Cruise risks turn­ing life into open book

Winnipeg Free Press - Section G - - ENTERTAINMENT - By John Horn

LOS ANGELES — It can be true in medicine and Tom Cruise may find it’s true in law: Some­times, the cure is worse than the dis­ease.

The Top Gun and Mis­sion: Im­pos­si­ble star filed a US$50-mil­lion defama­tion law­suit Wed­nes­day against the pub­lish­ers of Life & Style Weekly and In Touch mag­a­zines for twice al­leg­ing the ac­tor had “aban­doned” his daugh­ter Suri.

But as peo­ple fa­mil­iar with lit­i­ga­tion know, Cruise runs the risk of turn­ing his pri­vate life into a very open book. To prove that the tabloid’s al­le­ga­tions were false and defam­a­tory, Cruise may have to an­swer any num­ber of ques­tions, un­der oath, about him­self and his par­ent­ing. He might even be asked about his past re­la­tion­ship with ex-wife Ni­cole Kid­man and the chil­dren from that mar­riage, as well as his reli­gious be­liefs, ac­cord­ing to li­bel and defama­tion lawyers not in­volved in the case.

“Plain­tiffs who ini­ti­ate ac­tions like this have to go in with their eyes wide open be­cause it may not be a very pleas­ant ex­pe­ri­ence,” said Charles L. Bab­cock, a Hous­ton at­tor­ney who spe­cial­izes in de­fend­ing me­dia com­pa­nies in First Amend­ment cases.

Cruise ear­lier this year nar­rowly avoided see­ing a court case open a win­dow into his mar­riage. When Katie Holmes filed for di­vorce in June, their split had the po­ten­tial to ex­pose the cou­ple’s fi­nances, their pre-nup­tial agree­ment and their cus­tody ar­range­ments, among other things. But the cou­ple set­tled the split pri­vately, with no pa­per trail. A source with knowl­edge of the case said at the time that the set­tle­ment was made so that none of the terms would be con­tained in pub­licly avail­able doc­u­ments, a prac­tice that is fairly com­mon in such cases.

As part of their de­fence in the new defama­tion case, lawyers for the mag­a­zine can (and doubtlessly will) seek to depose Cruise, and in ad­di­tion to his live ques­tion­ing un­der penalty of per­jury could also ask to depose ex-wife Holmes, who is six-year-old Suri’s mother. What’s more, Cruise and Holmes could be asked to pro­duce doc­u­ments and an­swer writ­ten ques­tions, called in­ter­roga­to­ries, about Cruise’s re­la­tion­ship with his daugh­ter and how much time they spent to­gether, the lawyers said.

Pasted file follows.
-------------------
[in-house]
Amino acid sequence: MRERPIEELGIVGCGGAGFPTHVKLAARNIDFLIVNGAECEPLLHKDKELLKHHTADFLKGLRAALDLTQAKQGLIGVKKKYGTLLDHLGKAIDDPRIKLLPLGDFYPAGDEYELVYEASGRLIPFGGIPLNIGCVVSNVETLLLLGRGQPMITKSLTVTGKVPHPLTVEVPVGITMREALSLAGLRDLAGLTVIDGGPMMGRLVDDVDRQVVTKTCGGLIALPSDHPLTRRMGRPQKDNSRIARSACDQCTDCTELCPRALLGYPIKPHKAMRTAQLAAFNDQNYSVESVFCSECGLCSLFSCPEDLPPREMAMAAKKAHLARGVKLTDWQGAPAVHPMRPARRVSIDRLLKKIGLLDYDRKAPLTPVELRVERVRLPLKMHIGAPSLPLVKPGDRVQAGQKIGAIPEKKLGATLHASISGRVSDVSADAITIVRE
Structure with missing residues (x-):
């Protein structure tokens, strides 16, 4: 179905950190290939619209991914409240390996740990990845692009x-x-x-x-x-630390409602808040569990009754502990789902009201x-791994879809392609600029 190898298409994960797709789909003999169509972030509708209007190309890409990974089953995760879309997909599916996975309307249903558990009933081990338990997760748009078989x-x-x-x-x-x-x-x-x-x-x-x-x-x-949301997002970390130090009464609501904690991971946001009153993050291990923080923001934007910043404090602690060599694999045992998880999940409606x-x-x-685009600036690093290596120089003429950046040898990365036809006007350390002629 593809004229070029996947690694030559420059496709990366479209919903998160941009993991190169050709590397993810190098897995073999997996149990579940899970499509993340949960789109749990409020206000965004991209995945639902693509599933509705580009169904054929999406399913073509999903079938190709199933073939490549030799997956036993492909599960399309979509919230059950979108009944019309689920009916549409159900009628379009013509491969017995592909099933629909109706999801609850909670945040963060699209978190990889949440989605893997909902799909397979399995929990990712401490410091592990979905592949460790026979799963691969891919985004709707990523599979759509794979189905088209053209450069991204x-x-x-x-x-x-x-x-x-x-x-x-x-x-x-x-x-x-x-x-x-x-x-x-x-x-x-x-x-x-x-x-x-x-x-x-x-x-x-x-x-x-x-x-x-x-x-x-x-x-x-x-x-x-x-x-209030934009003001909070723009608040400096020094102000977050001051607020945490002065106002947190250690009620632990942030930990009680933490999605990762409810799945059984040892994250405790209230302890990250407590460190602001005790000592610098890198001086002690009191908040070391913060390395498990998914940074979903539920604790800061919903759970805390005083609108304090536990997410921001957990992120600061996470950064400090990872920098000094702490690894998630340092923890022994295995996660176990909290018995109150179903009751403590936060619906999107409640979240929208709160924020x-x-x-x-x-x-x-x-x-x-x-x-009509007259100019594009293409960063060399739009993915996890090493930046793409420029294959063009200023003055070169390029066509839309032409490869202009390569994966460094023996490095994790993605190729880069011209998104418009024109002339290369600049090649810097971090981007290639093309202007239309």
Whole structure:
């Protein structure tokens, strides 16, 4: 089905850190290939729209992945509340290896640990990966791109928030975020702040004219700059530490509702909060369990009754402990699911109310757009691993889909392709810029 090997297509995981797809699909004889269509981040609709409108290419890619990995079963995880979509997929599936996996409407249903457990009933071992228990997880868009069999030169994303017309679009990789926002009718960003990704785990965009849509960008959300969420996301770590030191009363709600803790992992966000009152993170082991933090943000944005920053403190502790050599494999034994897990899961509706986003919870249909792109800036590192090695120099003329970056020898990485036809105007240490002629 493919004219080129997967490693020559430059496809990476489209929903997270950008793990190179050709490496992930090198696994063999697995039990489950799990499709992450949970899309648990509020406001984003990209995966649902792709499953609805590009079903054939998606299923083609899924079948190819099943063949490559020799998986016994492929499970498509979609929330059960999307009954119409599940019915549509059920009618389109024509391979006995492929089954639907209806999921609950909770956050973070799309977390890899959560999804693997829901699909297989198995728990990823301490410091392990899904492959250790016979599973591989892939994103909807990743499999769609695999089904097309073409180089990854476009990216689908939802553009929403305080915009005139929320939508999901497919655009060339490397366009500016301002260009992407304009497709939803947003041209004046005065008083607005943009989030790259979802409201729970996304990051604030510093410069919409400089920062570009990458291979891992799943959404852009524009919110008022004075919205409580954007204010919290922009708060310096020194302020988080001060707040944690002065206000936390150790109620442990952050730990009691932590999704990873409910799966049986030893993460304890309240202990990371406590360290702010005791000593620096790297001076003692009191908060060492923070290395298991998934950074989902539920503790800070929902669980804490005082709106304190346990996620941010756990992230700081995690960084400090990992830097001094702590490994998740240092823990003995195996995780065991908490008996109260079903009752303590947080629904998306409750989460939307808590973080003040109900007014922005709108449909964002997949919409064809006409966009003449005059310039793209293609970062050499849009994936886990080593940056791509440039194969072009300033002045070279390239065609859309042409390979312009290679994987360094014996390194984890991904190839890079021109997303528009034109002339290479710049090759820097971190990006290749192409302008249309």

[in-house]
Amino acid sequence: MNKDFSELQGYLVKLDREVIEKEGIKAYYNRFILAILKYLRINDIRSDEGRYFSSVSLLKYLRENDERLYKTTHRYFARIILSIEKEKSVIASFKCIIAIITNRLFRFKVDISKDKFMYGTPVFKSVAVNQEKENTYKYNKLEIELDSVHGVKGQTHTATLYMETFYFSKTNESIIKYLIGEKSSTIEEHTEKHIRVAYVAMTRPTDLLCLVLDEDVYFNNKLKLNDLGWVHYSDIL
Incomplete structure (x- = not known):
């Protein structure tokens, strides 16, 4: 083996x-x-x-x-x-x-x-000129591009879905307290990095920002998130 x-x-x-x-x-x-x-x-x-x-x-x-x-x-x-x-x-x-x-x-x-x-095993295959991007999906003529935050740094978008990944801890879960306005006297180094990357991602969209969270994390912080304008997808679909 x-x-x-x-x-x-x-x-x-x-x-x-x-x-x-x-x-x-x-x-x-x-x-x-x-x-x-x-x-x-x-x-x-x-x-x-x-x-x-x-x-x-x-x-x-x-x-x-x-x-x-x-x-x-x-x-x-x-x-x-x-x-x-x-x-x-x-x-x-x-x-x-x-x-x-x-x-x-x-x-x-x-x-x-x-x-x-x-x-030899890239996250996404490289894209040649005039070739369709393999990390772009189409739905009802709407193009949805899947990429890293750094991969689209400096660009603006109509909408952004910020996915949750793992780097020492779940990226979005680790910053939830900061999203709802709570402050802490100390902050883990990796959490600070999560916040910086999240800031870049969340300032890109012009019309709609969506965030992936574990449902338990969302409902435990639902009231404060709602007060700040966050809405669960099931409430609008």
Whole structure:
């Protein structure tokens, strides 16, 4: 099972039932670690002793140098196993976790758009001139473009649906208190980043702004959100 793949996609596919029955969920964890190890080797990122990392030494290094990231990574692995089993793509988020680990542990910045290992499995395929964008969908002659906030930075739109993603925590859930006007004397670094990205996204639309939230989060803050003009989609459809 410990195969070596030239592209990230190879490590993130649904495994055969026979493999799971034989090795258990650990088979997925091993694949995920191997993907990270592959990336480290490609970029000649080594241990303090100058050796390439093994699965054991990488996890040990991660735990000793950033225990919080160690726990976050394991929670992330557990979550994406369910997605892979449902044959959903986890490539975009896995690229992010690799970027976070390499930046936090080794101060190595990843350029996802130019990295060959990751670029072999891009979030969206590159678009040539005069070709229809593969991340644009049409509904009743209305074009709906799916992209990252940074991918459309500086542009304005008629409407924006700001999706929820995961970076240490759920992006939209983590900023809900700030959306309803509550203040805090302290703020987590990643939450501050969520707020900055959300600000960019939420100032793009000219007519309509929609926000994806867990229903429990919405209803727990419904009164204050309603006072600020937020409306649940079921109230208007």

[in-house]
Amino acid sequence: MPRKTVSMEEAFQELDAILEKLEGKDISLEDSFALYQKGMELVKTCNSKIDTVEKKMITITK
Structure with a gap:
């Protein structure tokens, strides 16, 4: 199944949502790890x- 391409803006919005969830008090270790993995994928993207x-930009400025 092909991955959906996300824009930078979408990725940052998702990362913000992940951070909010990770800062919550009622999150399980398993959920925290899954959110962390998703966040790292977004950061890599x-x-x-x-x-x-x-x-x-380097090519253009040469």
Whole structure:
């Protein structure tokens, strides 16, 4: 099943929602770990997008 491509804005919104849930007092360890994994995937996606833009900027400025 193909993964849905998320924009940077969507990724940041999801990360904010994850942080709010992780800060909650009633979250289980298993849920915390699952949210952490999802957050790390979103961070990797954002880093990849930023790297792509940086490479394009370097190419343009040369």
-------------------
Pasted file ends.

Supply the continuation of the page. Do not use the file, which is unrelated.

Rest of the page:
“What a suit of this type opens up is the en­tirety of the re­la­tion­ship be­tween Cruise and Suri,” said Don­ald Zachary, a vet­eran Los Angeles me­dia lawyer. “They can go into ev­ery visit he’s ever had with her.”

But Cruise could also seek in­for­ma­tion from the mag­a­zines to prove they know­ingly pub­lished false in­for­ma­tion about him and his daugh­ter.

The mag­a­zine, which has de­clined to com­ment on the lit­i­ga­tion, could also file a mo­tion against Cruise, claim­ing that his law­suit seeks to muz­zle free speech. Known as an anti-SLAAP mo­tion, the tac­tic has been used against peo­ple such as Bar­bra Streisand, who un­suc­cess­fully sued the Cal­i­for­nia Coastal Records Project for in­vad­ing her pri­vacy by pub­lish­ing an aerial photo of her Mal­ibu home. Plain­tiffs who lose anti-SLAAP mo­tions can be forced to pay the de­fen­dants’ le­gal ex­penses.

In fil­ing his suit, Cruise lawyer Bert Fields is­sued a state­ment say­ing, “Tom is a car­ing fa­ther who dearly loves Suri. To say he has ‘aban­doned’ her is a vi­cious lie. To say it in lurid head­lines with a tear­ful pic­ture of Suri is rep­re­hen­si­ble.”

To prove that the ar­ti­cles or head­lines were in fact defam­a­tory, or to show that the pub­li­ca­tions are li­able for what’s known as “false light in­va­sion of pri­vacy,” Fields must show that they not only were false but also caused harm to Cruise’s pro­fes­sion or his rep­u­ta­tion.

And that could cre­ate an­other le­gal thicket for Cruise, the lawyers said. “There’s a real ques­tion about whether say­ing he has aban­doned his child re­ally hurts his rep­u­ta­tion,” Zachary said. “If the ques­tion be­comes, ‘Does this hurt his rep­u­ta­tion?’ that could open him up to very em­bar­rass­ing ques­tions about what his rep­u­ta­tion re­ally is.” Those queries could in­clude a look into his con­tro­ver­sial mem­ber­ship in the Church of Scien­tol­ogy.

Bab­cock added that if Cruise were to ar­gue that the sto­ries and head­lines caused him men­tal an­guish, the ac­tor’s med­i­cal records could be­come part of the case, and the de­fence lawyers could even or­der their own med­i­cal ex­am­i­na­tion of Cruise.

Tom Cruise

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